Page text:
Pet cancer is scary, but let me start with this:
The most common types of canine and feline cancer are very treatable.
This is the first post in a series of posts about pet cancer. My goal is that IF you’re ever faced with making tough choices, you at least have some knowledge about it, and feel support from others. You are not a alone. Pet owners face this all of the time, as I did in 2018. Here is how I found out my oldest, Don Vito, had cancer.
Meet the Don
Don Vito was my first ever pet, and I adopted him right out of college. We have a very strong connection, and when you look into his eyes, you feel like you’re looking at a person. He’s engaged and holds a gaze with you. He almost knows what you’re feeling, and responds: snuggles when I’m sad; gives me space when I’m hot; curls around my head when I have a migraine; sits on my chest when I have a cold. In fact, he’s an incredible judge of character, and if I listened to him, I would have probably made smarter dating and friendship choices:-)
Not a Lovely Lady Lump
In early 2018, I was watching TV and snuggling with Vito, when I felt a lump in the back of his neck. My heart sank. Where did this come from? I knew I didn’t fee lit before and the vet surely would have noticed it.
I took Vito back to Banfield Pet Hospital, and he saw his vet, Dr. Matt Montresor. He said the lump felt like a cyst, but in my gut, I knew something was wrong. How did it pop up so quickly? I didn’t like it one bit. Dr. Montresor and I agreed that surgery and a biopsy would be the best plan of attack.
Post-op, Dr. Montresor called and told me the lump was deeper than he had anticipated, and he had suspicions of what it was, but no further action could be taken until the biopsy results were back. Waiting for those results was torturous, but a few days later, Dr. Montresor called …
“Vito has fibrosarcoma …”
There was a lump in my throat, and it felt like my heart had been ripped in half all in an instant.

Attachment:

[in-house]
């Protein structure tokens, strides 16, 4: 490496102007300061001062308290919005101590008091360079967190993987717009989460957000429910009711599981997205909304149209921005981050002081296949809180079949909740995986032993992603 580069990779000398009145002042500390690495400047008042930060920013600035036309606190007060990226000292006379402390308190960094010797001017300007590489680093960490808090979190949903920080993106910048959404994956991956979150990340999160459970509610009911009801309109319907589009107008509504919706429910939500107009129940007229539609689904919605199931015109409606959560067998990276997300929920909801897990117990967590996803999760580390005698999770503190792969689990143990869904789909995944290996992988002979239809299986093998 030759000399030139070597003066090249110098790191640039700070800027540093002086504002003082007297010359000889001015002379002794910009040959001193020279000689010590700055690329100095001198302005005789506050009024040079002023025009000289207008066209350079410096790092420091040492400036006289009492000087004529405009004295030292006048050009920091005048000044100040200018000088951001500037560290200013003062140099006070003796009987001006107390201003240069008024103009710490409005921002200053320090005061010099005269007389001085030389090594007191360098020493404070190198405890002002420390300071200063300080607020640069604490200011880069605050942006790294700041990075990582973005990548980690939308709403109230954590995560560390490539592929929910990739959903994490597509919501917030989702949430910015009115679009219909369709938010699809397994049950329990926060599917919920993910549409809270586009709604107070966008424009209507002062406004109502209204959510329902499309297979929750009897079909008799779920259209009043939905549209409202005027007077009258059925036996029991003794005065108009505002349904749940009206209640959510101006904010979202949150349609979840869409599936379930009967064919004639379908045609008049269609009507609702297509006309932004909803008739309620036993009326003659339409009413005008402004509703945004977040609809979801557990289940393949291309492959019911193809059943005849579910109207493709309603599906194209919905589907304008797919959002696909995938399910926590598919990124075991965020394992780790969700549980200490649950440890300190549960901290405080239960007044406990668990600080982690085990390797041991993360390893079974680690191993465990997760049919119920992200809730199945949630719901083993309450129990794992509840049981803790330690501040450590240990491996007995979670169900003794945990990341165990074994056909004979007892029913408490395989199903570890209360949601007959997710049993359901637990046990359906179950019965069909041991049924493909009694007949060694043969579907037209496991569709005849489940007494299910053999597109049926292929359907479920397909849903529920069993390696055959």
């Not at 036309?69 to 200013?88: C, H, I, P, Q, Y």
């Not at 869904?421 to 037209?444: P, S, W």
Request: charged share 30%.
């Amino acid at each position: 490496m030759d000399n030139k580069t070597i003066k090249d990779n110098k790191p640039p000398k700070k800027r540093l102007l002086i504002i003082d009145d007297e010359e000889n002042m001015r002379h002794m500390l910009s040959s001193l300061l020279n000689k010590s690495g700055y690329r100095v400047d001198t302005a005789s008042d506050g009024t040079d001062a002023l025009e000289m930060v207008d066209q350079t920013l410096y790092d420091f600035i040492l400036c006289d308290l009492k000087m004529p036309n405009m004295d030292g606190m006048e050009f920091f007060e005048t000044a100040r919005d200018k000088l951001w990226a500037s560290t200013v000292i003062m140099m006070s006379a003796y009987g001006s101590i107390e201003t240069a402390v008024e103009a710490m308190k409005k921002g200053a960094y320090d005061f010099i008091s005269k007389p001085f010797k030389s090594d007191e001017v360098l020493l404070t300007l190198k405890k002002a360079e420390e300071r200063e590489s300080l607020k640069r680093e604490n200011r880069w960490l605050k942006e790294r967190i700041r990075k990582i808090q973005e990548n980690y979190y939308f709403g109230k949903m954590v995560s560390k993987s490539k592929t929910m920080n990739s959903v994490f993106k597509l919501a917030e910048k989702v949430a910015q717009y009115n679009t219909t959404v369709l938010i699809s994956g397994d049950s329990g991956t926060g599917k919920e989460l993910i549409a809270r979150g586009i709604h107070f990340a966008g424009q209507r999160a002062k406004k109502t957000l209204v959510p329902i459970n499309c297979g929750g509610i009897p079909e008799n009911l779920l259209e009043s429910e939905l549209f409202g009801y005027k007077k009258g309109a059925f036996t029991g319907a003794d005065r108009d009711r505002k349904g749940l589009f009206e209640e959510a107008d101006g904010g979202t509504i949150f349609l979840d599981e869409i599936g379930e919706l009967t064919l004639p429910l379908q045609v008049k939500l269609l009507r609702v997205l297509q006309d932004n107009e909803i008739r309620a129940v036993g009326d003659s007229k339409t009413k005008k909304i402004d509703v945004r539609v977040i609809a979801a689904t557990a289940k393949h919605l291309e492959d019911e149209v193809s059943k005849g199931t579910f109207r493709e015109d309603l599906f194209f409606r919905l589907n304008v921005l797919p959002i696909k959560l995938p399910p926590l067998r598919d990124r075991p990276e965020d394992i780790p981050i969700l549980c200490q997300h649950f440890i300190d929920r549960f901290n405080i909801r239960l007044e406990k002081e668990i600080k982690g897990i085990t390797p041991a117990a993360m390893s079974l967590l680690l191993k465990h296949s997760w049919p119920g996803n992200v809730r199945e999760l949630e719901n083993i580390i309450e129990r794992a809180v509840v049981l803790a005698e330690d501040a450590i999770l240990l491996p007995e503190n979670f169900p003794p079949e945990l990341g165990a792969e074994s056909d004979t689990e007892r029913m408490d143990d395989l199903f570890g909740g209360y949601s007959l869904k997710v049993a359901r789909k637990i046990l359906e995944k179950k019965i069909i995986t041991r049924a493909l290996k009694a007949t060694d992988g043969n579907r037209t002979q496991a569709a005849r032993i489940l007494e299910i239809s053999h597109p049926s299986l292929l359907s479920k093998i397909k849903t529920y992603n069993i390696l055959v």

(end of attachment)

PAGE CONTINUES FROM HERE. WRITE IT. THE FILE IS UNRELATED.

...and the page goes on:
“… It’s a type of cancer. When I got these results, I was so mad, I threw my papers against the wall. Vito doesn’t deserve this. He’s such a good cat and I’m so mad at the universe for doing this to him.”
Does this mean he’s going to die? What do I do? Is it treatable? Do I treat him? Do I make him comfortable? How much does this all cost? So many questions were flooding my brain.
Decision #1: Should I seek an oncology consultation?
For your pet, you need to decide for yourself if you should go to a consultation. In my opinion, I think any pet is worth it because there are always developments and advancements in cancer treatment, and if you never go, you’ll never know. Like I said, most common canine and feline cancers are treatable. And, if treatment isn’t an option, an oncologist is the best one to help you prepare and plan for how to make your pet the most comfortable and have the best quality of life.
I’d thought if one of my cats was diagnosed with cancer, treating it probably wouldn’t be worth it, but when faced with it, especially for my darling Vito, I realized I really knew nothing about it and maybe there was a chance to save him. I asked, “Is it worth at least exploring treatment?”
My vet responded, “Vito is otherwise healthy and is a very chill cat – super sweet and easy to treat. I think if any pet would make a good candidate for an oncology consultation, it would be Vito.”
Decision #2: How do I find an oncologist?
- Your Vet. Ask for recommendations.
- Pet Owners. If you know of any friends or family who have been faced with a similar situation, ask them who they go to and if they like them. Even if you don’t know a pet with cancer, you probably have a friend who takes a pet to a specialist for something – ask them where they go, if they like it, and see if there are also oncologists at that location.